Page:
All changes or modifications to the process will be based on the test and analysis of data conducted. Any and all changes should be communicated to all staff members. These changes may or may not show improvement to the process, this is why constant reevaluation of all process should be conducted and any feedback should be given to leadership for the reevaluation of the process.
Nurses play a vital role in health care. Nurses have the most contact with a patient. Nurses carry out any orders and or processes. A nurse is the patient advocate, they are the ones who will advocate for patient safety. Nurses are the advocates who will be looking for evidence base practices to improve patient care and patient safety. Improving quality of care for each patient will improve the outcomes for each patient.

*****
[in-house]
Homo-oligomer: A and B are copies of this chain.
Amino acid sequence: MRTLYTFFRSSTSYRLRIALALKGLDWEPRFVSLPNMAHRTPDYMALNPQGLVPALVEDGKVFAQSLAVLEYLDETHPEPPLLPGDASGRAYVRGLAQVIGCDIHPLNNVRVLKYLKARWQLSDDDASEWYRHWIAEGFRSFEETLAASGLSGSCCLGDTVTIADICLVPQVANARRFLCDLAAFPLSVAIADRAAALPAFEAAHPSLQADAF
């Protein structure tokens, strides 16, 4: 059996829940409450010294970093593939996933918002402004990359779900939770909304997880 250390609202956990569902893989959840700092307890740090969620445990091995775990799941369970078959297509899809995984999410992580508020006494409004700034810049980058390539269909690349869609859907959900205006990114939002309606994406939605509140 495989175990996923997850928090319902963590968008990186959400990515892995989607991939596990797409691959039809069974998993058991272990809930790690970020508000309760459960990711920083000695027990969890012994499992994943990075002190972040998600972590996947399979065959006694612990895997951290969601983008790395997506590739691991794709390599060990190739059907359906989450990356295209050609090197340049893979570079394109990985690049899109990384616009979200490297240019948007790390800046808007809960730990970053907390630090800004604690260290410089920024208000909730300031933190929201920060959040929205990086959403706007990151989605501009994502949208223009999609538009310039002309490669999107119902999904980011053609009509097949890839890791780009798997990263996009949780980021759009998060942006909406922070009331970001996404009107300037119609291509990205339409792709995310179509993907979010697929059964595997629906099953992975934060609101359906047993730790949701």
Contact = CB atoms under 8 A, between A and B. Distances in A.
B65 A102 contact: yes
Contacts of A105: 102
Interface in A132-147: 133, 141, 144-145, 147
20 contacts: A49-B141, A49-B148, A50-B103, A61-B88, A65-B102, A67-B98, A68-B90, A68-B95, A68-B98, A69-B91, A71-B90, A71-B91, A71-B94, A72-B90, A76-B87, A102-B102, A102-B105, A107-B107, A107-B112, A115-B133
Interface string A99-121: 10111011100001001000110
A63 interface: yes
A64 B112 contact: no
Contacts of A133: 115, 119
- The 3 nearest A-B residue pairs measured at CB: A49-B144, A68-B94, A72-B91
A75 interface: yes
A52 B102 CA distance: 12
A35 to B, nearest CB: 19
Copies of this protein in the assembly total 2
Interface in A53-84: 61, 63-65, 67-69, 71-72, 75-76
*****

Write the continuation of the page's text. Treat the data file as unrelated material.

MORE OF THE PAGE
Department of Defense Patient Safety Center. (2004, 12 26). Failure Mode and Effects Analysis. Retrieved from FMEA Info Centre: http://www.fmeainfocentre.com/handbooks/FMEA_Guide_V1.pdf Institute for Heathcare Improvement. (2004). Failure Modes and Effects Analysis (FMEA). Retrieved from Institute for Heathcare Improvement: http://www.ihi.org/resources/Pages/Tools/FailureModesandEffectsAnalysisTool.aspx